Before travelling to Turkey, like travelling to every country, it is best practise to do a little bit of research about food, drink, money and anything else you should know about the country before you arrive. What currency do they use? Is it best to change my money before I travel? What kind of food can I expect to try? Do I need a visa to visit?
- Legislation in touristic areas forbids salespersons to touch or hassle tourists. Be polite and you won’t have a problem.
- Turkish Lira is the currency. You can generally find better exchange rates in Turkey, but you may want to change some money prior to your visit. Airports and tourist towns may however price things up in Euros, and accept them as payment.
- Your passport should have at least 6 months validity on it when visiting Turkey.
- It’s against the law to not carry some form of photographic ID whilst in Turkey. Keep your passport/driving license and a printed copy of your e-Visa to hand if you’re out and about.
- Credit & debit cards are used in Turkey. Ensure you bring the credit card you used to book flight/accommodation/excursions with you to avoid any issues. Don’t forget to notify your bank of your travel plans before leaving home.
- Travellers cheques aren’t recommended as they must be exchanged in banks, not currency exchange offices. However, not all banks allow you to exchange your travellers cheques, and may send you to a specific branch.
- British nationals require a visa to enter Turkey (Except cruise ship passengers with British Citizen passports who arrive at sea ports for tourist visits to the port city or nearby cities, provided the visit lasts no longer than 72 hours.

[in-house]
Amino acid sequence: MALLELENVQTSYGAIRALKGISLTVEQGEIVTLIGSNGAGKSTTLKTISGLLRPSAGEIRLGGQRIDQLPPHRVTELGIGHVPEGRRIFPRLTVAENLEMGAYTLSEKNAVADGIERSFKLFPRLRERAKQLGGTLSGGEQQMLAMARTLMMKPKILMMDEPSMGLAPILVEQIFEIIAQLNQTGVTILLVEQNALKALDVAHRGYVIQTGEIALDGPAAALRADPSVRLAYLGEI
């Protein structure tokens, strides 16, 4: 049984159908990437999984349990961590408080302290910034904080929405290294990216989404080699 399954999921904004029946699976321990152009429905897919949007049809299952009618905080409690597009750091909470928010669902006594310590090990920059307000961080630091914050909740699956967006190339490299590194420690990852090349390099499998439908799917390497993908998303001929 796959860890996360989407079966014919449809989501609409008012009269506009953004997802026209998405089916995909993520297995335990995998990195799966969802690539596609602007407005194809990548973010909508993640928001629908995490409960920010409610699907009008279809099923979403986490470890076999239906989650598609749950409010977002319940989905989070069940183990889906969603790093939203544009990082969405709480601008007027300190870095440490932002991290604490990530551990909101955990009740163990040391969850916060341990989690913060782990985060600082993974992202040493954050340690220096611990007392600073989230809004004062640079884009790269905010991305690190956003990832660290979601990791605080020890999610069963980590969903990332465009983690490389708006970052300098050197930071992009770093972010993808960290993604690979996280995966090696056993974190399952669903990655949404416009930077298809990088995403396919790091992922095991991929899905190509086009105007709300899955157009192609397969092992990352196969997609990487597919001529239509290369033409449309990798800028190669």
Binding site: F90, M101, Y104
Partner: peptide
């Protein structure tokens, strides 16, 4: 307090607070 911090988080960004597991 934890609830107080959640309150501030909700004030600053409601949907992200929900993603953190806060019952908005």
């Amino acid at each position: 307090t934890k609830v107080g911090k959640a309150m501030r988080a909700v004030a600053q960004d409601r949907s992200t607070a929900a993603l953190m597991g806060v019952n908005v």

- You can apply for an E-Visa online for $20, and apply up to 3 months in advance. They are valid for multiple stays up to 90 days in a 180 day period.
- Print off and carry your paper copy e-visa or have it on an electronic device to show the immigration officer.
For more info on Local Laws, click here.
Food and Drink:
- Most dishes are based mainly on lamb and mutton, but you’ll find some which also includes beef, chicken and seafood (no pork).
- Roasting and grilling are the most popular ways of cooking. Vegetable dishes are called zeytinyağlı which means they’re cooked in olive oil (although almost all of these dishes can include meat too). Examples of these dishes are yaprak sarma, dolma and taze fasulye.
- Vegetables are the most predominant in all meals, small portions of meat are usually served alongside. You can read our blog about some of the most interesting Turkish cuisines here.
- Got a sweet tooth? Turkish delight (Lokum) is the most favoured sweet treat. There are thousands of different varieties to try, some include pistachios or dates, some are flavoured with rose water or orange, and some have a mixture of both. Just make sure you time your dental check-up for before you travel!
- Turkish tea and coffee are popular drinks. But what makes them different to our famous English brew? For a start, Turkish tea is a lot stronger, and is served in smaller cups to compensate for the strength. You drink it black, so add sugar for taste, but don’t add milk. Turkish coffee on the other hand is made from very finely ground coffee, mixed with water and sugar and boiled in a cezve (a special coffee pot made of brass or copper) and is usually served with something sweet like a Turkish delight.